On Wednesday, September 25, 2002, at 10:09 AM, Wei Dai wrote:
> On Tue, Sep 24, 2002 at 03:20:54PM +0200, Bruno Marchal wrote:
>> I mentioned Deutsch for his account of time in term of parallel
>> I don't remember if Deutsch deduced this explicitly from relativity.
>> (I lend his book so I cannot verify now).
>> I was just doing the following caricatural reasoning:
>> General Relativity (GR): gravitation = space-time curvature
>> Quantum mechanics (QM): forces should be quantized (and unified
>> Now GR + QM gives: space-time itself should be quantized. A MWI view
>> of this
>> doesn't give many minkowski worlds, but something more like a
>> discrete minkowski multiverse.
> Is there a paper or book that describes this discrete minkowski
> in more detail?
Several of the papers by Rafael Sorkin, Carlo Rovelli, Chris Isham,
Fotini Markopoulou, John Baez, and others discuss "causal sets" as a
model of spacetime.
For example, picking just one of them,
arXiv:gr-qc/9910005 v 1 2 October 1999 C.J. Isham, J. Butterfield,
"Some Possible Roles for Topos Theory in Quantum Theory and Quantum
Here's one small part to provide some of the flavor:
"By a causal set we mean a partially-ordered set P whose elements
represent spacetime points in a discrete, non-continuum model, in which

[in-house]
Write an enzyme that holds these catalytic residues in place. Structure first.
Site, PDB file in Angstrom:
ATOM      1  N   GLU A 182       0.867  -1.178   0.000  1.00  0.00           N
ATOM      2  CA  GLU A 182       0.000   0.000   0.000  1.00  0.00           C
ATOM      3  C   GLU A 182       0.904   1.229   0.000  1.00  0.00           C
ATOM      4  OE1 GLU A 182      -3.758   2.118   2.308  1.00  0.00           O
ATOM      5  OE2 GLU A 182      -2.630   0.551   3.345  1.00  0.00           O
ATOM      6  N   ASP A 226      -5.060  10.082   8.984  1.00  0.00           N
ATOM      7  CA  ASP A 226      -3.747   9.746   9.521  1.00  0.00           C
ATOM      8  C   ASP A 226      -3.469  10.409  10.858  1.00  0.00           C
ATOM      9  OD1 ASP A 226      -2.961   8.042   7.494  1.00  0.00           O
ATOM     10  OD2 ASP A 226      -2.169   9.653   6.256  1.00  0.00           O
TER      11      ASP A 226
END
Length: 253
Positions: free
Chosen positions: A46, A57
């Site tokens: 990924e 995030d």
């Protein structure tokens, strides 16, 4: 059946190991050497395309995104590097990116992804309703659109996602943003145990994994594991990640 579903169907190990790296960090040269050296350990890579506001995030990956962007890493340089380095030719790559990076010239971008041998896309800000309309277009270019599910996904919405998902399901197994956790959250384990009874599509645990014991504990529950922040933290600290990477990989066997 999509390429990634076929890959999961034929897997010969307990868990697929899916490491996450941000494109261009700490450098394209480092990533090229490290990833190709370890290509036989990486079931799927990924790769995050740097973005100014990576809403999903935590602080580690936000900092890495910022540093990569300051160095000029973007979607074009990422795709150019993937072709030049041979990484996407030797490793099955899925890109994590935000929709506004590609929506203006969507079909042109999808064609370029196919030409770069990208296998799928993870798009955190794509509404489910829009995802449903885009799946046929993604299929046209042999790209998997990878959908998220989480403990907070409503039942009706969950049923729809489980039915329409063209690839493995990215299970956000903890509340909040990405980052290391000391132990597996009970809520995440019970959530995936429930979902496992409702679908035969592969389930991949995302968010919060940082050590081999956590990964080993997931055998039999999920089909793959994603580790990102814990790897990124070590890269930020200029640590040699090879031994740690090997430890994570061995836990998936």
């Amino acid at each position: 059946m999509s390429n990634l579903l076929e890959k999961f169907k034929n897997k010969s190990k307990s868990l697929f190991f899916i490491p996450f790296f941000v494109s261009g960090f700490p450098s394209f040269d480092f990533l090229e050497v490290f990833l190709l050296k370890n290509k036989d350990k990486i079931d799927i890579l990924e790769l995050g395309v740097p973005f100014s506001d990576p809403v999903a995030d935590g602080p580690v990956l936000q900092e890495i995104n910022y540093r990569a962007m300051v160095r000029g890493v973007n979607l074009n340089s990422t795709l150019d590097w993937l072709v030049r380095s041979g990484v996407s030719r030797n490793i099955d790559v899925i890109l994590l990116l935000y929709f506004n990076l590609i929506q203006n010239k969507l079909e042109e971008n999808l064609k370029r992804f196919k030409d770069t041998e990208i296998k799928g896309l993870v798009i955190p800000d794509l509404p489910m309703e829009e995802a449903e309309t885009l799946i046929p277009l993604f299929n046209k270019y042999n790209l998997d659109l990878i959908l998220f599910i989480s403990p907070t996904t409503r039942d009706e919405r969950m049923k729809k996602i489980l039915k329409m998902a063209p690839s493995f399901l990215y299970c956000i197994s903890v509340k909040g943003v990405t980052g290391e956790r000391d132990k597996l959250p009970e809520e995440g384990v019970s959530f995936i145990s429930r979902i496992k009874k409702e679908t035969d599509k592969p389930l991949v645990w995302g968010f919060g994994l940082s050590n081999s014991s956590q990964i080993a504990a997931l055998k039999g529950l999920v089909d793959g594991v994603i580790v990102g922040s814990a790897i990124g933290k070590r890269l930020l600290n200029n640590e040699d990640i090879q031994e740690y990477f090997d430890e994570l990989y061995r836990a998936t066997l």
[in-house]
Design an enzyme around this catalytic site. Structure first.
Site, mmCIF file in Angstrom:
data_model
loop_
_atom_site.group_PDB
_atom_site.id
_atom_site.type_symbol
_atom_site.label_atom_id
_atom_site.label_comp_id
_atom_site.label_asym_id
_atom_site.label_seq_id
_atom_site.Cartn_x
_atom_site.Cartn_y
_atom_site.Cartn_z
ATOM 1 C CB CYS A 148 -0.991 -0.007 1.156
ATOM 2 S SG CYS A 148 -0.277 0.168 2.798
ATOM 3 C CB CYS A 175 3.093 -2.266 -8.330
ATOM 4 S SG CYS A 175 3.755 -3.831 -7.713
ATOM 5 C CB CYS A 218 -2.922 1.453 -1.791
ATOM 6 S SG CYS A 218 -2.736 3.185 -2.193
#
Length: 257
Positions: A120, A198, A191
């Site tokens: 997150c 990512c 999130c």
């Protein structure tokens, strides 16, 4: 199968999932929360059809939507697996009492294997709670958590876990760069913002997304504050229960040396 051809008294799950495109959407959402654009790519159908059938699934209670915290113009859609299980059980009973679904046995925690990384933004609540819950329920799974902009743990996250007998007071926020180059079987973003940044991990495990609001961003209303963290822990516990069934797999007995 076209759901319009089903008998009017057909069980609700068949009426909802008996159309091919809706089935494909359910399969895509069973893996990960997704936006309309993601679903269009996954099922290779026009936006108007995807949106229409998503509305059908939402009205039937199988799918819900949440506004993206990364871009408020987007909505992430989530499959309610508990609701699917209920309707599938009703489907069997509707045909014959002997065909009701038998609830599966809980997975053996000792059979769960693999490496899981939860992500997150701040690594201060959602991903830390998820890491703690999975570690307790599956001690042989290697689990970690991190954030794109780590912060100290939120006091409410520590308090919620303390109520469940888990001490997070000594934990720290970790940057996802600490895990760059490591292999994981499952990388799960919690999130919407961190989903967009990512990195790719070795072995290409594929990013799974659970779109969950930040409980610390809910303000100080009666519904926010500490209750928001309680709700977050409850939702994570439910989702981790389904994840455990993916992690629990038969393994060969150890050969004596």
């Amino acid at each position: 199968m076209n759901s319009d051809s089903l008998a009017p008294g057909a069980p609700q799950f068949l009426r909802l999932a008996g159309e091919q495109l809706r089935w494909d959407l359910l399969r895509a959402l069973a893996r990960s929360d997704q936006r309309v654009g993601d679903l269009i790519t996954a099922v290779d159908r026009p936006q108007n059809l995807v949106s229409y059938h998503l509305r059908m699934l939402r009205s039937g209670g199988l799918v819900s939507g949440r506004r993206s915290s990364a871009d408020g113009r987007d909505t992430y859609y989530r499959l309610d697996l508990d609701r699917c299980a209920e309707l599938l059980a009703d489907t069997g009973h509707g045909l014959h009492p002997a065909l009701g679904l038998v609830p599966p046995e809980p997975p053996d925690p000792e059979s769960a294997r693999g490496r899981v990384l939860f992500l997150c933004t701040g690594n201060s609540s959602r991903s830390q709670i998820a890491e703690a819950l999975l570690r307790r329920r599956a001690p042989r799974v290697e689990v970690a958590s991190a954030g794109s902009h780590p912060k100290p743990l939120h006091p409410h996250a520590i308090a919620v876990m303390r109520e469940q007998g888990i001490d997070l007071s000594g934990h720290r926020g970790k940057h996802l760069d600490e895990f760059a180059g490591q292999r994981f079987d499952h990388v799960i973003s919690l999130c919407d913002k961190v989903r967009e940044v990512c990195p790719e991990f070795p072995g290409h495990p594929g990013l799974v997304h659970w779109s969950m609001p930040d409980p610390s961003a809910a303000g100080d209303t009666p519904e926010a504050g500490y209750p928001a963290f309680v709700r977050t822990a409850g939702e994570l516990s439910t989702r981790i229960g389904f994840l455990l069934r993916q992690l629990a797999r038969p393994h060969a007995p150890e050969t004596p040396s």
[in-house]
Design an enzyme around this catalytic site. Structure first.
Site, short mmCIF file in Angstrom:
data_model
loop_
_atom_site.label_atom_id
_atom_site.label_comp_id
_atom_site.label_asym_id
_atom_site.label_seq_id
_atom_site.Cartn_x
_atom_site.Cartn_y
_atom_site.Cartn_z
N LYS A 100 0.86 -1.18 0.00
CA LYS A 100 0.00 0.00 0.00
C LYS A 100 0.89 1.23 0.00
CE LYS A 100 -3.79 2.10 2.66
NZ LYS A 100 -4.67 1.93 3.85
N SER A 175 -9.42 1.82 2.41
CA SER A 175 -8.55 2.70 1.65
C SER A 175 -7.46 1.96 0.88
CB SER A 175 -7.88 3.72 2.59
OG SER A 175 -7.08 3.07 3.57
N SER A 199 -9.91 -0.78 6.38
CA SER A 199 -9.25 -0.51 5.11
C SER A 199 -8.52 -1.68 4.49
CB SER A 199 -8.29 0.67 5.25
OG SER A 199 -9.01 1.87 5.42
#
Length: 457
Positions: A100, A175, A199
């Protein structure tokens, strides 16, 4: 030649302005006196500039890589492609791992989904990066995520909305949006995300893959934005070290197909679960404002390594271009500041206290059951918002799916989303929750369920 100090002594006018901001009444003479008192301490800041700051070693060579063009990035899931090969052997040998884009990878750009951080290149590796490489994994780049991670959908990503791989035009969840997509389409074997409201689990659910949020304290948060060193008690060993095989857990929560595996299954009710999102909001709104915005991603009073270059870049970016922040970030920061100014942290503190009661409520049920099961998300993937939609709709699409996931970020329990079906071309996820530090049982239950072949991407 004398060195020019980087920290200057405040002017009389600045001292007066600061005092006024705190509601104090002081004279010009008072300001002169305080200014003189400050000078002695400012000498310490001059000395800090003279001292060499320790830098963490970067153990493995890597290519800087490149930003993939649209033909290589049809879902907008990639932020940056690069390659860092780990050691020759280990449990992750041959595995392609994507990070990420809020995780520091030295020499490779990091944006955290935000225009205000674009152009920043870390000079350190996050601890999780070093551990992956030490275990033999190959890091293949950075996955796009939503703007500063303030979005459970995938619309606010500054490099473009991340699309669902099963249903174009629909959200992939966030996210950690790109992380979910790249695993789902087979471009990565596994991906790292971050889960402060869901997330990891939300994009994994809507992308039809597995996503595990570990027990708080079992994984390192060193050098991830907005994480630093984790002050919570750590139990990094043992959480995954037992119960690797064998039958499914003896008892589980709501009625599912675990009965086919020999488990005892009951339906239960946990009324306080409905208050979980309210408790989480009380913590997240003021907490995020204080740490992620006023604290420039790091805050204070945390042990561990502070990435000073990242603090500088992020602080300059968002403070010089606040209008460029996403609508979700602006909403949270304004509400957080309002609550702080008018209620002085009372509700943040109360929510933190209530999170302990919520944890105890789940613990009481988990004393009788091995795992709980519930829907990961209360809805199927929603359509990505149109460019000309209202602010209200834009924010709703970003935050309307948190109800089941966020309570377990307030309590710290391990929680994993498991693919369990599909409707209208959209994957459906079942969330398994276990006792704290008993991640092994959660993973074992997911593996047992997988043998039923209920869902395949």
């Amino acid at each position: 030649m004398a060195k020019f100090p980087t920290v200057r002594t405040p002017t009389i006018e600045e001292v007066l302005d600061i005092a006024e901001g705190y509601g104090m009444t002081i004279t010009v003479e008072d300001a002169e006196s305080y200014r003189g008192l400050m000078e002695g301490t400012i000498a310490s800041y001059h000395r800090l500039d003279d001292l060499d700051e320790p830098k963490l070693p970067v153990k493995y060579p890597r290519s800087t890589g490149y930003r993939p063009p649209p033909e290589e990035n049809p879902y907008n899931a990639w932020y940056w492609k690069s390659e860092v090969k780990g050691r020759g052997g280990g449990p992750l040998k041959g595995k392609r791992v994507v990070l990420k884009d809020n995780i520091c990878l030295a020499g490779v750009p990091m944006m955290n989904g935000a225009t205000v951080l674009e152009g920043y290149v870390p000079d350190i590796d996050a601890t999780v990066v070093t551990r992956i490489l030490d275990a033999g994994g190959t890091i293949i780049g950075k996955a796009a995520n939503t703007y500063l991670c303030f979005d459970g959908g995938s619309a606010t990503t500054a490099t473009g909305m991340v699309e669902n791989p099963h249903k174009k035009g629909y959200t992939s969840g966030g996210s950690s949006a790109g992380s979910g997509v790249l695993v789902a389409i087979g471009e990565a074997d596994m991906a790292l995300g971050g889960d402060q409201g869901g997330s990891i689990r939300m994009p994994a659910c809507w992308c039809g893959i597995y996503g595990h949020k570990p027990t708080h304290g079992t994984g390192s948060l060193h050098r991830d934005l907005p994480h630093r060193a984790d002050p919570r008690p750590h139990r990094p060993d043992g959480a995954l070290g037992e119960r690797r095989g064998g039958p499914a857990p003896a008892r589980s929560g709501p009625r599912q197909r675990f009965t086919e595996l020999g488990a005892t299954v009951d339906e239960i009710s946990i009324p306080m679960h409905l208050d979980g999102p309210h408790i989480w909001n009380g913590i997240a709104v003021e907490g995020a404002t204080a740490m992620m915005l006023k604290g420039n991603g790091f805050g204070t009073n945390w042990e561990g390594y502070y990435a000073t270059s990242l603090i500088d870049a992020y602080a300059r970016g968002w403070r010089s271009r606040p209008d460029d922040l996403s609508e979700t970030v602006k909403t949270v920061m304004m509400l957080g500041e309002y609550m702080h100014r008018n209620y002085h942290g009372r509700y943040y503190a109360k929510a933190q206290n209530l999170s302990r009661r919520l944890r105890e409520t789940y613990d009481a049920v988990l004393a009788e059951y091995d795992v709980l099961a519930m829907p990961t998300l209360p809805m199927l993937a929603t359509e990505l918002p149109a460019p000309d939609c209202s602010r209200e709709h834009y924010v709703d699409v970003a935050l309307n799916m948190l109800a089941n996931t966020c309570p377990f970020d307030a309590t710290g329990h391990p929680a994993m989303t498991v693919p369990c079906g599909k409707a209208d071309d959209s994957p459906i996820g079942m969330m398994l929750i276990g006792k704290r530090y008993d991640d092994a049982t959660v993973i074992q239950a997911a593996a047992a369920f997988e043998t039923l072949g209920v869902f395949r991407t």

p <= q, with p, q elements of P, means that q lies in the causal future
"The set P is a natural base category for the presheaf of Hilbert
spaces in which...."
I talked about these issues in my article several weeks about time as a
lattice of partially-ordered events.
Now, whether time and space are "really" continuous or discrete (at
some very small scale, presumably near the Planck scale) is not
terribly important for this analysis. Just as both QM and relativity
are usually involved with events (measurements, clocks, light flashes,
etc.), and just as much of the traditional "causal analysis" of
everyday events (a la Pearl) is of discrete, chunked events, the causal
set model is very generally applicable.
And again I have no choice but to recommend Lee Smolin's "Three Roads
to Quantum Gravity" as a good introduction to the ideas of the authors